Given the makeup of the court and previous statements by its members, it comes as no surprise that the supreme court (and I'm just going to refuse to capitalize all these bastards--that's my ruling) has ruled that the navy has the right to play with its sonar no matter how many whales it kills or injures.
Cited in its decision was a 1986 decision requiring them to "give great deference to the professional judgment of military authorities". You know, the professionals who are still looking for weapons of mass destruction in Iraq, and bin laden (bastard) on the bush (another bastard) ranch. They are clearly not required to give any such deference to the professional judgment of ecologists because they state that "even if plaintiffs have shown irreparable injury from the navy's training exercises, any such interest is outweighed by the public interest and the navy's interest". I guess that covers their asses considering that the navy itself has predicted that their exercises will cause lasting injury and disrupt the lives of whales, dolphins, and sea lions.
This is all just part of the current administration's tactic that government agencies are not required to follow environmental laws. For example, under the National Environmental Protection Act (I'll capitalize that one), the navy should have been required to prepare an environmental impact statement before doing their exercises. Instead, they'll publish it after the exercises are complete--apparently, it's easier to count the dead whales that way.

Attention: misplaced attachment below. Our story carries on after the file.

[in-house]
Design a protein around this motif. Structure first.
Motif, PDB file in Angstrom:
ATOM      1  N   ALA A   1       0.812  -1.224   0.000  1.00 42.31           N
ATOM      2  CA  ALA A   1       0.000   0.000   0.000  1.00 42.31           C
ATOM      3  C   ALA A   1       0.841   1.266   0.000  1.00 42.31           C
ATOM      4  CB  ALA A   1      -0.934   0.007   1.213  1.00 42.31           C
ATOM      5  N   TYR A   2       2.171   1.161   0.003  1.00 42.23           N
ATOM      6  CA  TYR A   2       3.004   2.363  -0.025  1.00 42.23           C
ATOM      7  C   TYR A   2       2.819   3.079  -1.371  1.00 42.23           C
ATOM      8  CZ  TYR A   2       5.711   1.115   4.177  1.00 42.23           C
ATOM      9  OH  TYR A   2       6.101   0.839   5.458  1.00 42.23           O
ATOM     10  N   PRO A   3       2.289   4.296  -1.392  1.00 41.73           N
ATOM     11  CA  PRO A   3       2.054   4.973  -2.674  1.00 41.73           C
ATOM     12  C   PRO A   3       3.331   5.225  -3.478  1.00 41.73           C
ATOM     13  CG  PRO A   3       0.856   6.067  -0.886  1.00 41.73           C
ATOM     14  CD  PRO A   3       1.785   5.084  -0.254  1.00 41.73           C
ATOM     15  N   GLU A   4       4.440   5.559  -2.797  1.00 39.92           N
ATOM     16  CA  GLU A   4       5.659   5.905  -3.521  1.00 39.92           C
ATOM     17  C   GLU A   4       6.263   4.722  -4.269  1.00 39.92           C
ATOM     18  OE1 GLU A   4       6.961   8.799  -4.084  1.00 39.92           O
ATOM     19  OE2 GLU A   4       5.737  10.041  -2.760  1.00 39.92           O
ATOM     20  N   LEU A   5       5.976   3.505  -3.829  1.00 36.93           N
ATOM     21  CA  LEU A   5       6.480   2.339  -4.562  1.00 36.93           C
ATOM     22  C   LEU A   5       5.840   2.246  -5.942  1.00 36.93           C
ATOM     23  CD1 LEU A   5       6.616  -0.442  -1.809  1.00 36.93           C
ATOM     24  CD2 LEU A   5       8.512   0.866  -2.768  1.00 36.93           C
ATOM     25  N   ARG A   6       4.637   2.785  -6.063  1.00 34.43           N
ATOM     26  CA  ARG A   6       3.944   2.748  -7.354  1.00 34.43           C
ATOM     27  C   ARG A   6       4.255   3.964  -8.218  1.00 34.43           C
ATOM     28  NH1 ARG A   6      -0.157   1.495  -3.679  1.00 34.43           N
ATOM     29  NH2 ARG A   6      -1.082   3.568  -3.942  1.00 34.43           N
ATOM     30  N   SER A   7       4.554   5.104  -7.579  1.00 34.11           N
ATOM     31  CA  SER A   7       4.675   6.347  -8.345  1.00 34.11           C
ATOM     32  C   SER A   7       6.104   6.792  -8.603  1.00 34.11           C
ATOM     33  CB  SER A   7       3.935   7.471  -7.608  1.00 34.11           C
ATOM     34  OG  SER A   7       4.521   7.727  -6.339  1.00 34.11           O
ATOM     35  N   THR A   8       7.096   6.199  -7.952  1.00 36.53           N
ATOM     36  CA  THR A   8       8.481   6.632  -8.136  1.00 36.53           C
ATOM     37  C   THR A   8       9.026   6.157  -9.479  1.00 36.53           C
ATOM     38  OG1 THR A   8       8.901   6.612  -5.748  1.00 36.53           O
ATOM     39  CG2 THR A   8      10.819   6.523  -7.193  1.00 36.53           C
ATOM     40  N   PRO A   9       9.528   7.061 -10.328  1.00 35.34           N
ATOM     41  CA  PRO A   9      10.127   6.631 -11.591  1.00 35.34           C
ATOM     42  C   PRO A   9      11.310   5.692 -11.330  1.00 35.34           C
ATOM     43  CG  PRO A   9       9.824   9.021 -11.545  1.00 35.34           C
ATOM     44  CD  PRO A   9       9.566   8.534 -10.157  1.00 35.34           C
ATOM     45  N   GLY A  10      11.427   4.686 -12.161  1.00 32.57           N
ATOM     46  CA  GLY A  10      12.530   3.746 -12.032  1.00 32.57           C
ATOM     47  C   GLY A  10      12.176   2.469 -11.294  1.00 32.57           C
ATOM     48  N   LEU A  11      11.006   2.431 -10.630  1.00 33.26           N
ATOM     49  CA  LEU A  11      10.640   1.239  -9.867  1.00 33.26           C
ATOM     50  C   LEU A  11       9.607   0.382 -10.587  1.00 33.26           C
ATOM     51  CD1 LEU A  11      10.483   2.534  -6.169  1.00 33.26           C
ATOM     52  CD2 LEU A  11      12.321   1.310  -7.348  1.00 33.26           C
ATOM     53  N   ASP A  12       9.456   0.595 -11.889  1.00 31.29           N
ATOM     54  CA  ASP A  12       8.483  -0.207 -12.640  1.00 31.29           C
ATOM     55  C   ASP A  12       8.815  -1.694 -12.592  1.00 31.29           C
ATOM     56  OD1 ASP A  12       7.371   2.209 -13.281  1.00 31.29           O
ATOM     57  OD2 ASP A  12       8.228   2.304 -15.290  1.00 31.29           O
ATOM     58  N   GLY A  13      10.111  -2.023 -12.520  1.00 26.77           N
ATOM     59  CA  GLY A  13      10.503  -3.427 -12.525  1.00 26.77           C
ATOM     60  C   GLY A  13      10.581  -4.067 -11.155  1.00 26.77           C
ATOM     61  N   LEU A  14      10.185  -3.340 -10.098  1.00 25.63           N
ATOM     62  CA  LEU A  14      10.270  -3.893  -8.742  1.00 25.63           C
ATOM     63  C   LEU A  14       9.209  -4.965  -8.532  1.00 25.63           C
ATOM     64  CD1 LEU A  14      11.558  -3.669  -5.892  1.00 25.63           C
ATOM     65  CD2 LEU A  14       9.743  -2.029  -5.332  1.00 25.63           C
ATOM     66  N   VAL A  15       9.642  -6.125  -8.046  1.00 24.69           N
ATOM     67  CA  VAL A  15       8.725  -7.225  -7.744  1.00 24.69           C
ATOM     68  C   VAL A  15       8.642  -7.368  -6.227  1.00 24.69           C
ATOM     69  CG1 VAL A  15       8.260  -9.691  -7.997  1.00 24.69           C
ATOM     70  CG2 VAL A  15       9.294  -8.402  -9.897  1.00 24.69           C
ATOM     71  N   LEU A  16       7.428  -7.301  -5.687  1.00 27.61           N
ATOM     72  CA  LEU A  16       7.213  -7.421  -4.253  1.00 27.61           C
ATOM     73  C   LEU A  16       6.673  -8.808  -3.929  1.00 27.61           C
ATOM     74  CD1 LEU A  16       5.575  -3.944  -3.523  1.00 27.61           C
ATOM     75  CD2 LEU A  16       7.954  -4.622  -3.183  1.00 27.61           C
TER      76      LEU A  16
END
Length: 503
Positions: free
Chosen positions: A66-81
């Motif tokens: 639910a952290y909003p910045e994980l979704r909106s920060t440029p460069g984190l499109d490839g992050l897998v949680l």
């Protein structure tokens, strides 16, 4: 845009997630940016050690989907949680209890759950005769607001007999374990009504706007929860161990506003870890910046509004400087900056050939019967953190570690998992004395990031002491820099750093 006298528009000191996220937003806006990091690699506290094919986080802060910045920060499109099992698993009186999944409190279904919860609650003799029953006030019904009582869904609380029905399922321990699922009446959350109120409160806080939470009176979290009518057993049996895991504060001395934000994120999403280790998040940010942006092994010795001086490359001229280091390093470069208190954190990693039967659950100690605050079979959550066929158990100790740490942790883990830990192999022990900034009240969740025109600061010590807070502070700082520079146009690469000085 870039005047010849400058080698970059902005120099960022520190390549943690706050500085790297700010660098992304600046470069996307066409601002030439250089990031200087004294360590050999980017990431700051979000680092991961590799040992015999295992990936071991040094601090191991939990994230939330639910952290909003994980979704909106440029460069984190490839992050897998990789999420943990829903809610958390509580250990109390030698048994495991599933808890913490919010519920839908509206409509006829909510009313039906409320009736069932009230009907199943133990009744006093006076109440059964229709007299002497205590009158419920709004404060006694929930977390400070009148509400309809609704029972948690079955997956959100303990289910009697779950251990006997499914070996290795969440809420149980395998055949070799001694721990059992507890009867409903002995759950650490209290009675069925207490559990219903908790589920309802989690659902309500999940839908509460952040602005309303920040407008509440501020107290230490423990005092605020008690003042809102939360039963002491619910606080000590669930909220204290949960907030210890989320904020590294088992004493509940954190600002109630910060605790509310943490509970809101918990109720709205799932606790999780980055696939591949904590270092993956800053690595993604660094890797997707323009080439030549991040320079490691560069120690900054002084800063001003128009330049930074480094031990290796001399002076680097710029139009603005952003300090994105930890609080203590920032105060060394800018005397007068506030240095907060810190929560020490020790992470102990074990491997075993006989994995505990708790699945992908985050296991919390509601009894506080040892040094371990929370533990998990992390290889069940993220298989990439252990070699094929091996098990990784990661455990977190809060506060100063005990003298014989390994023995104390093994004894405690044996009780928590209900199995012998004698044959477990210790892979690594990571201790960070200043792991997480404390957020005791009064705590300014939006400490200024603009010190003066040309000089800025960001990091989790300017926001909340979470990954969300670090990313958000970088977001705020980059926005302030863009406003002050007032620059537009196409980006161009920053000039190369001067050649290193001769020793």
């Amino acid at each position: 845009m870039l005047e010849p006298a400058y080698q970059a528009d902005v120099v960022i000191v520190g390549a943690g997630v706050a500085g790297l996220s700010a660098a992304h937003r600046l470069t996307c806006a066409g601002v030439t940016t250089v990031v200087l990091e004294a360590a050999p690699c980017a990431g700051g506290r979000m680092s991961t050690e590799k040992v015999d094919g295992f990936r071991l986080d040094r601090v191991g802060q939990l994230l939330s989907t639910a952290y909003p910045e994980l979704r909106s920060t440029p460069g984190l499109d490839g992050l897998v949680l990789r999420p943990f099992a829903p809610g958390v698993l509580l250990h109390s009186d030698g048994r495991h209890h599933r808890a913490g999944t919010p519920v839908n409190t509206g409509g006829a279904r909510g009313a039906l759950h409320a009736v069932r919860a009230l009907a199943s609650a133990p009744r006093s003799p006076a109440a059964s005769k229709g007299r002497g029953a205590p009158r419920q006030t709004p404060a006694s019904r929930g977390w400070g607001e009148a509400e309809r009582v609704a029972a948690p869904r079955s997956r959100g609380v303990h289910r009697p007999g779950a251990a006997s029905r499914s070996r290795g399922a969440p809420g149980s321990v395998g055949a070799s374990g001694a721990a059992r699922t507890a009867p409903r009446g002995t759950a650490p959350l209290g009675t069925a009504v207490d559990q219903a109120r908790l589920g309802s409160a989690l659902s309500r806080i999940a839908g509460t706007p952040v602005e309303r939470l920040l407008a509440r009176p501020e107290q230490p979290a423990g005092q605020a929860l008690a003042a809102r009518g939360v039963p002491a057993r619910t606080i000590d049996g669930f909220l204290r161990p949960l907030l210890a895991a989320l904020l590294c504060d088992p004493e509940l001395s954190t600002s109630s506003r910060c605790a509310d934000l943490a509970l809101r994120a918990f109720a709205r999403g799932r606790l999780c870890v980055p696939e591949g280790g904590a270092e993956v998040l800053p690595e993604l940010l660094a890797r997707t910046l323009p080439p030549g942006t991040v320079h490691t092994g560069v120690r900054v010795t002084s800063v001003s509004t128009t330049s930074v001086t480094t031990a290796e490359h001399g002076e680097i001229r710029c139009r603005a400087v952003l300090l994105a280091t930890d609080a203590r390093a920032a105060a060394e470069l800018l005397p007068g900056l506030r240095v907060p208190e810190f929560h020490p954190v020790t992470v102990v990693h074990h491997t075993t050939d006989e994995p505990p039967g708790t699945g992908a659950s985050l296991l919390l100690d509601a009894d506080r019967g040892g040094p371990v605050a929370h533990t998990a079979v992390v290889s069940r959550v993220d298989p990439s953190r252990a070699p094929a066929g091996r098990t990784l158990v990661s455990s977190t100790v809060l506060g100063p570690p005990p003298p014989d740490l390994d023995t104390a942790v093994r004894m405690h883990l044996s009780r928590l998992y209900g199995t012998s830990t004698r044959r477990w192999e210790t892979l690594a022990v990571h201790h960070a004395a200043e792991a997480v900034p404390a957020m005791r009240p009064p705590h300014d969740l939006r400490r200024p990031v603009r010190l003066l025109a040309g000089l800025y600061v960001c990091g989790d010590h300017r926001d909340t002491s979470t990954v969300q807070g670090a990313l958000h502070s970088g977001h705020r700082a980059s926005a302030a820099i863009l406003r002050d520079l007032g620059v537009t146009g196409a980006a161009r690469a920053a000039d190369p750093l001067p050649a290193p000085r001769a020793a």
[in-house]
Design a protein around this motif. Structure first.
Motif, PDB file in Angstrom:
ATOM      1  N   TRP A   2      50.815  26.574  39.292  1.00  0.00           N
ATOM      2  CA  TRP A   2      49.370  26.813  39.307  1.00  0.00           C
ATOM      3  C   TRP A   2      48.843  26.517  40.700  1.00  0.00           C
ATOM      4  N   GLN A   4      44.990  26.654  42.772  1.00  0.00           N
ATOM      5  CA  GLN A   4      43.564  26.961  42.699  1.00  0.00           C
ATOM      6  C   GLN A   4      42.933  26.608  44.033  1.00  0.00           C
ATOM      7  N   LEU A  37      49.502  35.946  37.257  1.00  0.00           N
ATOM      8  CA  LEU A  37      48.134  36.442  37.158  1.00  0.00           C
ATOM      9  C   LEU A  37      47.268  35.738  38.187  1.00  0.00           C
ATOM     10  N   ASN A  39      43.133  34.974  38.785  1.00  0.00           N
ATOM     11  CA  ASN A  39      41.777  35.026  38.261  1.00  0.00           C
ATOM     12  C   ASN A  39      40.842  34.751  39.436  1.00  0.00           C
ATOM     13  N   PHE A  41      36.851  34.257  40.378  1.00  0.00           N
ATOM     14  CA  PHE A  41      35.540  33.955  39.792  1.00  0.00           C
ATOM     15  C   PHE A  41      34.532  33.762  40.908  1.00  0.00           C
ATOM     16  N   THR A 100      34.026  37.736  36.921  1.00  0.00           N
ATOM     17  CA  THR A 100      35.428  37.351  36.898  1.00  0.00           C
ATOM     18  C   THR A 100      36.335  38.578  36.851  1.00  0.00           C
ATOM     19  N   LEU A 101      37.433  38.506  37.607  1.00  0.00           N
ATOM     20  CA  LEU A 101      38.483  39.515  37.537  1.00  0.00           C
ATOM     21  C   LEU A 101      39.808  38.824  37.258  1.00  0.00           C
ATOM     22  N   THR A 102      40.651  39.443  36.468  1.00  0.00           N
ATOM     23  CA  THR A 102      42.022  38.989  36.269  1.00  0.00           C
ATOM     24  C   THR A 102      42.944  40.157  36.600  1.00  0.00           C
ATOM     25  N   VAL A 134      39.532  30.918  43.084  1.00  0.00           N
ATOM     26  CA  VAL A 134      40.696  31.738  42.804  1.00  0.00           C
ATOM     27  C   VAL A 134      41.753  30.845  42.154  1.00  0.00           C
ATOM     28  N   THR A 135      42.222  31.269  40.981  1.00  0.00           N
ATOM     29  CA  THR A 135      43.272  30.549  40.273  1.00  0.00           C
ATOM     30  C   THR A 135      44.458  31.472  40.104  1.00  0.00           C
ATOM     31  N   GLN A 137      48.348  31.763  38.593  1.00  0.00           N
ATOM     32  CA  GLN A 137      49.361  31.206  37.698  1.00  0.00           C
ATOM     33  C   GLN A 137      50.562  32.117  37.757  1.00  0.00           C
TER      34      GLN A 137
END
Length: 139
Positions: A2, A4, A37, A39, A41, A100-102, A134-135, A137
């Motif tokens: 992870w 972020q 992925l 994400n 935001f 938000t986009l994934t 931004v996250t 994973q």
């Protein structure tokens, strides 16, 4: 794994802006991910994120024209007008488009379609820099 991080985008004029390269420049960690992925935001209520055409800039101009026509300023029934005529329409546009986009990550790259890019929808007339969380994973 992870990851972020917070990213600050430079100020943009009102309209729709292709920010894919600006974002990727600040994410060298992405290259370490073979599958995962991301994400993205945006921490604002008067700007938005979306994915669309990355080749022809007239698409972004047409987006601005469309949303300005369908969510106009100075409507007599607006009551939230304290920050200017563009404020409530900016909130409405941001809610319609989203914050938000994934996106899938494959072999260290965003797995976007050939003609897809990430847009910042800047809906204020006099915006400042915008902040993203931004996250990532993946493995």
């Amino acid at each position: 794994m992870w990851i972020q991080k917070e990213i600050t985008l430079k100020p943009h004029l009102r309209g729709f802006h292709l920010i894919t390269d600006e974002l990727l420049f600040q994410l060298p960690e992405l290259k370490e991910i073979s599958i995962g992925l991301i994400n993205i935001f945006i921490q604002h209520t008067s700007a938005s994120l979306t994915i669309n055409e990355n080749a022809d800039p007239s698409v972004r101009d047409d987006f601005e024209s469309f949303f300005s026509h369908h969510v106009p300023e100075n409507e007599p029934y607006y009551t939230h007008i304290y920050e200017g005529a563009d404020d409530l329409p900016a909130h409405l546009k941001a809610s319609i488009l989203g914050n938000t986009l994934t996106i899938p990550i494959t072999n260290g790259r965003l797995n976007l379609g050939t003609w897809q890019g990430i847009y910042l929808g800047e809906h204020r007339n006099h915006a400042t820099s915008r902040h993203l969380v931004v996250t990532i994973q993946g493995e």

In deferring to the military, the court quoted their own pro-guantanimo ruling of last year that judges "do not begin the day with briefings that may describe new and serious threats to our nation and its people". Nor obviously with briefings which describe the death and destruction caused by our nation and its people. They hastened to add that military interests do not always trump other interests, but that in this case "the proper determination of where the public interest lies does not strike us as a close question".
The problem here is a too narrow view of who makes up the public and what makes up its long-term interest. There aren't any whales or Iraqis included in this court's public so their interests are not considered. I suppose this would be an example where legislation granting legal rights to non-human animals might make a difference since it would then be something a court would have to consider--but you know a whale will never be considered as important as a human, and an Iraqi will never be considered as important as an american. And before that legislation passes, the supreme court and the rest of our civilization will have crumbled and been covered with kudzu--and that's in the larger public's interest.
Tim Bob: Scientific Reticence
7 hours ago